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Am J Cardiol. 1989 Mar 1;63(9):526-9.

Frequency and significance of complete atrioventricular block after coronary artery bypass grafting.

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Carmel Hospital, Haifa, Israel.


Three hundred forty-eight consecutive patients were evaluated during 1985 and 1986 for the development of complete atrioventricular (AV) block after coronary artery bypass grafting. Cold (4 degrees) asanguineous potassium cardioplegia with temperature monitoring was used uniformly. AV block developed in 56 instances (16%). In 32 patients (group 1) the block was transient (less than 6 hours) and in 24 it was persistent (group 2). Left main coronary artery stenosis in conjunction with total obstruction of a dominant right coronary artery occurred more commonly in patients manifesting AV block (18 of 56, 32%) than in those without it (35 of 292, 12%) (p less than 0.05). Complete occlusion of a dominant right coronary artery was observed with equal frequency in patients with and without AV block. The presence of an ungraftable right coronary artery, however, was significantly more frequent in the AV block group: 16 of 37 (47%) vs 6 of 194 (3%) (p less than 0.01). Endarterectomy of the right coronary artery was performed in 8 of 24 patients (33%) with persistent AV block versus none in the patients with transient AV block (n = 32) or normal sinus rhythm postoperatively (n = 292) (p less than 0.0001). Persistent AV block (greater than 6 hours) was associated with myocardial infarction in 6 patients (25%) (p less than 0.05) and with low cardiac output in 18 patients (75%) (p less than 0.0001). In conclusion, AV block after myocardial revascularization was frequently associated with the presence of multivessel coronary disease and an ungraftable dominant right coronary artery. Persistent (greater than 6 hours) AV block was correlated with both perioperative myocardial infarction and low cardiac output.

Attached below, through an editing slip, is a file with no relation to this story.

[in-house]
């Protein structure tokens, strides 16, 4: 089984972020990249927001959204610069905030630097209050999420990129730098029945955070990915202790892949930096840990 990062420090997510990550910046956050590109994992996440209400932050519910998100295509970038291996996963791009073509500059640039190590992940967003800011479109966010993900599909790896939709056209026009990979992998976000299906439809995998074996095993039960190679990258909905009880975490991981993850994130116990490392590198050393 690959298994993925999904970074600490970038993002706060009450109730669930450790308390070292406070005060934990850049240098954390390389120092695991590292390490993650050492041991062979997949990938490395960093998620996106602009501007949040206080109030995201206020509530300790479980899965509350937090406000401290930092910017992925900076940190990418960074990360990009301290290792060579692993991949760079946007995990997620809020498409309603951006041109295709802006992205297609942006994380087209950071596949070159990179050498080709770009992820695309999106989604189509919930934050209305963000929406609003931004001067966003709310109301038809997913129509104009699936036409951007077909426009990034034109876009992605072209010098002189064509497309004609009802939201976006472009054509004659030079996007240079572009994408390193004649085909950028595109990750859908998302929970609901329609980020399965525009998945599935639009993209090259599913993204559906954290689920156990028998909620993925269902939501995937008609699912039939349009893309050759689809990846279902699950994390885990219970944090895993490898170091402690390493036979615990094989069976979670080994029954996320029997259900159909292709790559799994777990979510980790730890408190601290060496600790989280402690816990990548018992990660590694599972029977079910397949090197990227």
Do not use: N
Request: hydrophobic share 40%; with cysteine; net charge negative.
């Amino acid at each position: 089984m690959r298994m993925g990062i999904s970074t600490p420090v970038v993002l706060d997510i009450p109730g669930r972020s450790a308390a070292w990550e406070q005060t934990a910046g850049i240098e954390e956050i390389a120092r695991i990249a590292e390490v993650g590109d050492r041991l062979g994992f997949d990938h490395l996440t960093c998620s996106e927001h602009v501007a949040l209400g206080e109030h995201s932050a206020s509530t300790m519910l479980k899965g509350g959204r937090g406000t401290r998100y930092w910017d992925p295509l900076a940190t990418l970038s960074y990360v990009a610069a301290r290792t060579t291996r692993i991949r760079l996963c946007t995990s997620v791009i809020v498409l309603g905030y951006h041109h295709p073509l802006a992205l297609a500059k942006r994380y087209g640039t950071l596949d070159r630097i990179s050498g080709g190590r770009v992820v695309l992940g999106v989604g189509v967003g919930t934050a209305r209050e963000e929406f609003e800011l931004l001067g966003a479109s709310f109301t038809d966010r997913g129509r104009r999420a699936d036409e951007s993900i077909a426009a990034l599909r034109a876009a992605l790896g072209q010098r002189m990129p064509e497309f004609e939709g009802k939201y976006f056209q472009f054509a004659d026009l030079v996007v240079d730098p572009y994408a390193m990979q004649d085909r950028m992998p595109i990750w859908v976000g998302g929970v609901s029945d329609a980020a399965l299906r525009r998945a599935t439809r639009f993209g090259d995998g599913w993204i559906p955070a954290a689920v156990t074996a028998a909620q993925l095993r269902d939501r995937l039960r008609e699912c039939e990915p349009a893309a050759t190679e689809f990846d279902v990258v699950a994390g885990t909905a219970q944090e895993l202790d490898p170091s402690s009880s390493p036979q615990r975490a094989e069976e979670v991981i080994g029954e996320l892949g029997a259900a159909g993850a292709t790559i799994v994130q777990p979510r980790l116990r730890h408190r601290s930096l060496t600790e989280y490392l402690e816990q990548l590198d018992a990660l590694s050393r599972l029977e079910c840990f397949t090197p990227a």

[Indexed for MEDLINE]

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